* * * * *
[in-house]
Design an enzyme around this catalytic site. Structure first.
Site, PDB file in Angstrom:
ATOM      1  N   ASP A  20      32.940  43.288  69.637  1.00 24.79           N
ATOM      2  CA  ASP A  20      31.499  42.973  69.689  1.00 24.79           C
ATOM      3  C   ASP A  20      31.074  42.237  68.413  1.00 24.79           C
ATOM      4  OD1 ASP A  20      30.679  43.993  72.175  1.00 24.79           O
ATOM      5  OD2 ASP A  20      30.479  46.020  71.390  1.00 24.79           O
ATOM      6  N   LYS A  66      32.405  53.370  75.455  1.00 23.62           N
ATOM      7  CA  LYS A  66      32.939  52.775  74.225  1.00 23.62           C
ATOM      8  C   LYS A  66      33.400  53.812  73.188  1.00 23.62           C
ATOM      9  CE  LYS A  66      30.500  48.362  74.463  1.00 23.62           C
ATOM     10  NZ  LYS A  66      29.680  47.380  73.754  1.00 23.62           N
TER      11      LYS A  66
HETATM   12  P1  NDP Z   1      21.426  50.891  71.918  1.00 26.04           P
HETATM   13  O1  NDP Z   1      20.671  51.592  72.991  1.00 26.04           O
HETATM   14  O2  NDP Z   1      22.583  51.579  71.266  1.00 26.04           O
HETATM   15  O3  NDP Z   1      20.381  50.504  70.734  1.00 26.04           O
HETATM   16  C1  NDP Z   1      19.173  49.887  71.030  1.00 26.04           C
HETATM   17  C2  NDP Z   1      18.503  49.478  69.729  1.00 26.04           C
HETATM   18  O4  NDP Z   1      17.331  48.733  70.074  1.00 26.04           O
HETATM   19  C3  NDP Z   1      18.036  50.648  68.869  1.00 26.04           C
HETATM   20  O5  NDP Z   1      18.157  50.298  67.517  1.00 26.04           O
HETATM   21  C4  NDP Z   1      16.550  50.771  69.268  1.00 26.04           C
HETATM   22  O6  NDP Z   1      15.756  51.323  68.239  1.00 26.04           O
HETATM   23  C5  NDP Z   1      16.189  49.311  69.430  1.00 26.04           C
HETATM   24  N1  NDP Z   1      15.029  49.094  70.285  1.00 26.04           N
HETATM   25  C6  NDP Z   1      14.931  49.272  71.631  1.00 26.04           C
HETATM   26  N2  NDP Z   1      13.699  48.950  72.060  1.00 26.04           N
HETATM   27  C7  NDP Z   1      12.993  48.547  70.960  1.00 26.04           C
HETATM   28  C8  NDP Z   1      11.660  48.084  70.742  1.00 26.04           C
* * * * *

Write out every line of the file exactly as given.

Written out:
[in-house]
Design an enzyme around this catalytic site. Structure first.
Site, PDB file in Angstrom:
ATOM      1  N   ASP A  20      32.940  43.288  69.637  1.00 24.79           N
ATOM      2  CA  ASP A  20      31.499  42.973  69.689  1.00 24.79           C
ATOM      3  C   ASP A  20      31.074  42.237  68.413  1.00 24.79           C
ATOM      4  OD1 ASP A  20      30.679  43.993  72.175  1.00 24.79           O
ATOM      5  OD2 ASP A  20      30.479  46.020  71.390  1.00 24.79           O
ATOM      6  N   LYS A  66      32.405  53.370  75.455  1.00 23.62           N
ATOM      7  CA  LYS A  66      32.939  52.775  74.225  1.00 23.62           C
ATOM      8  C   LYS A  66      33.400  53.812  73.188  1.00 23.62           C
ATOM      9  CE  LYS A  66      30.500  48.362  74.463  1.00 23.62           C
ATOM     10  NZ  LYS A  66      29.680  47.380  73.754  1.00 23.62           N
TER      11      LYS A  66
HETATM   12  P1  NDP Z   1      21.426  50.891  71.918  1.00 26.04           P
HETATM   13  O1  NDP Z   1      20.671  51.592  72.991  1.00 26.04           O
HETATM   14  O2  NDP Z   1      22.583  51.579  71.266  1.00 26.04           O
HETATM   15  O3  NDP Z   1      20.381  50.504  70.734  1.00 26.04           O
HETATM   16  C1  NDP Z   1      19.173  49.887  71.030  1.00 26.04           C
HETATM   17  C2  NDP Z   1      18.503  49.478  69.729  1.00 26.04           C
HETATM   18  O4  NDP Z   1      17.331  48.733  70.074  1.00 26.04           O
HETATM   19  C3  NDP Z   1      18.036  50.648  68.869  1.00 26.04           C
HETATM   20  O5  NDP Z   1      18.157  50.298  67.517  1.00 26.04           O
HETATM   21  C4  NDP Z   1      16.550  50.771  69.268  1.00 26.04           C
HETATM   22  O6  NDP Z   1      15.756  51.323  68.239  1.00 26.04           O
HETATM   23  C5  NDP Z   1      16.189  49.311  69.430  1.00 26.04           C
HETATM   24  N1  NDP Z   1      15.029  49.094  70.285  1.00 26.04           N
HETATM   25  C6  NDP Z   1      14.931  49.272  71.631  1.00 26.04           C
HETATM   26  N2  NDP Z   1      13.699  48.950  72.060  1.00 26.04           N
HETATM   27  C7  NDP Z   1      12.993  48.547  70.960  1.00 26.04           C
HETATM   28  C8  NDP Z   1      11.660  48.084  70.742  1.00 26.04           C